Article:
As we travel the world, we are fascinated with the foods of different nations. Christmas traditions at home are a mix of our backgrounds. My dad's side was Bohemian thus our pork, sauerkraut and dumpling meal. My husband's side is rooted in England so there is always the alternative goose or turkey.
This year as we started singing our Christmas carols, I became curious about figgy pudding. Why did the carol demand figgy pudding? Here's what I found.
Figgy pudding is a pudding in the traditional British sense of the word. Most people know of figgy pudding from the Christmas carol “We Wish You a Merry Christmas”. It dates back to medieval times and is a descendant of frumenty, a rather unappetizing dish from the looks of the ingredients. Another source has figgy pudding being related to plum puddings of old.
We know figgy pudding today from the popular song, We Wish You a Merry Christmas. So if your carolers begin to sing, "Bring us a figgy pudding!" here's a really easy recipe for it.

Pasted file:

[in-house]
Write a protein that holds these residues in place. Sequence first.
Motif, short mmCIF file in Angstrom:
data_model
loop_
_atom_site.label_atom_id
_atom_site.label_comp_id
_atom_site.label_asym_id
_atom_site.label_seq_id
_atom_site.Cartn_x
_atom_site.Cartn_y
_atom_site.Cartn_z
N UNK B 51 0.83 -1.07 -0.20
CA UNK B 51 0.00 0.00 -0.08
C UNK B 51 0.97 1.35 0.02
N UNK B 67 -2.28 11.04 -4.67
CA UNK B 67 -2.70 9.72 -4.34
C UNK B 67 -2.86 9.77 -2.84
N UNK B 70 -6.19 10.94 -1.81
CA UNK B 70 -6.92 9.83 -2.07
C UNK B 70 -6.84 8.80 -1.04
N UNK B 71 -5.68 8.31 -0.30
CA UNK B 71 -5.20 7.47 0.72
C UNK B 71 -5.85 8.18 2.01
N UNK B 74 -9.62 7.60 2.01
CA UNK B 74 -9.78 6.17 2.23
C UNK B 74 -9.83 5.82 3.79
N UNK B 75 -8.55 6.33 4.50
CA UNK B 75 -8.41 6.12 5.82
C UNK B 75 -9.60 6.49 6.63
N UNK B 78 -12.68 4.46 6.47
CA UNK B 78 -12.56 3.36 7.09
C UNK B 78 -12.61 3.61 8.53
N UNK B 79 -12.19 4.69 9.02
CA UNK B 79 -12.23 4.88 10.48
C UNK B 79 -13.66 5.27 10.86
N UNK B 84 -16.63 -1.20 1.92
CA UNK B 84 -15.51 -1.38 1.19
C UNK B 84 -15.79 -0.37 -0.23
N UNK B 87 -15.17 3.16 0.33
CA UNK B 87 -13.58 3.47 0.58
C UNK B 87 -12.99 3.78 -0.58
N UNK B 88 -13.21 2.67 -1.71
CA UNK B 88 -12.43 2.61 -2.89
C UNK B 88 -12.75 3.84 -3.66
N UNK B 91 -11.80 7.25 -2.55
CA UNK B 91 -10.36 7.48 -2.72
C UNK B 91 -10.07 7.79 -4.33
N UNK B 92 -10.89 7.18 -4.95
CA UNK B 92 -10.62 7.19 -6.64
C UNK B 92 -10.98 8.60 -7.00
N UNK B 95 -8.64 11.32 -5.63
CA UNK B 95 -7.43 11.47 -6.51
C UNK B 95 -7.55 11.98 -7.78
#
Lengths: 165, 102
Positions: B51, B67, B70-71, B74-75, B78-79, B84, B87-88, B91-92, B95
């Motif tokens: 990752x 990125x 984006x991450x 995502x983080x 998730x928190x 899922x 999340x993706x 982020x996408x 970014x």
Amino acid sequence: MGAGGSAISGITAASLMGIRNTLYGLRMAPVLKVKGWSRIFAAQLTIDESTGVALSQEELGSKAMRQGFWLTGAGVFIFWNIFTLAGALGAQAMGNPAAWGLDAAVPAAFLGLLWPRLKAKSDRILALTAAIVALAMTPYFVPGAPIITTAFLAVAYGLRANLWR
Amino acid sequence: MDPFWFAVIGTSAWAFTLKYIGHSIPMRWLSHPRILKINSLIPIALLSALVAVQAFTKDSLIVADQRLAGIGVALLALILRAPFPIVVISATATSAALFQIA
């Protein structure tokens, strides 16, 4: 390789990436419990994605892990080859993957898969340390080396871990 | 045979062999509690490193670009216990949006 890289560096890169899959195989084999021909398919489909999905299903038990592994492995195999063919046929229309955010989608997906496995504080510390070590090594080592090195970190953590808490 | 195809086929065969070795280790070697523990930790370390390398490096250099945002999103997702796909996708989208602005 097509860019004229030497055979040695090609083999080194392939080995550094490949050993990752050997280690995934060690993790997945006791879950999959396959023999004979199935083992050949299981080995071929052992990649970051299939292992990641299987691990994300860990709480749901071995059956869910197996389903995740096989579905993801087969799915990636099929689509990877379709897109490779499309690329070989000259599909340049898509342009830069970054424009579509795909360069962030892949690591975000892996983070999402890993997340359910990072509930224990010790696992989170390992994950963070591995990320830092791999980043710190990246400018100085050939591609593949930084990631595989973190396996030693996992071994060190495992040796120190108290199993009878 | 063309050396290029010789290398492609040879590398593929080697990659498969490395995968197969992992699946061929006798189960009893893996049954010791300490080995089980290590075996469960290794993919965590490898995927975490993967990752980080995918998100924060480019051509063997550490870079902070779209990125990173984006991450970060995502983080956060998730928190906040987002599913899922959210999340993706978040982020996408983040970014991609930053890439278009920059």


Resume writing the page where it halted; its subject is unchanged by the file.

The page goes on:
• 10-12 ounces of dried figs
• 2 cups water
• 1 cup sugar
• 1 box carrot cake mix
• ¼ cup vegetable oil
• 3 large eggs
• ½ teaspoon cinnamon
• ¼ teaspoon nutmeg
• ½ cup chopped walnuts
• ½ cup raisins
• grated zest of one orange
• 1 tablespoon orange marmalade
Place the figs and the water in a saucepan. Bring to a boil. Remove from heat and let sit until soft, a few hours. Once soft, remove the figs from the water and place in a bowl. Save the water and add the sugar. Bring to a boil and let reduce slightly. Remove from heat and allow to cool. Chop the figs finely, being careful not to pulverize them.
To the boxed cake mix, stir in 1 ¼ cup of the sugared fig water, the oil and eggs. Set aside the remainder of the fig water. Add the cinnamon and nutmeg. Mix well using a mixer on high speed for 2 minutes. Stir in the walnuts, chopped figs, raisins, orange zest and the marmalade.
Line a large (4 quart) metal bowl with foil. Use enough foil so that you have a big collar around the edge of the bowl. Spray the foil with nonstick spray. Pour the batter into the bowl and place in an oven that has been preheated to 350 degrees. Bake for 30 minutes and then fold the foil collar over the top. Continue baking for about 1 ½ hours more, or until a wood skewer inserted in the middle comes out clean. Remove from the oven and let cool overnight.
To serve, take the reserved fig water and add ½ cup of brandy or rum. Heat, and if you wish, (carefully!) ignite the sauce and pour over the pudding. Serve in wedges with whipped cream.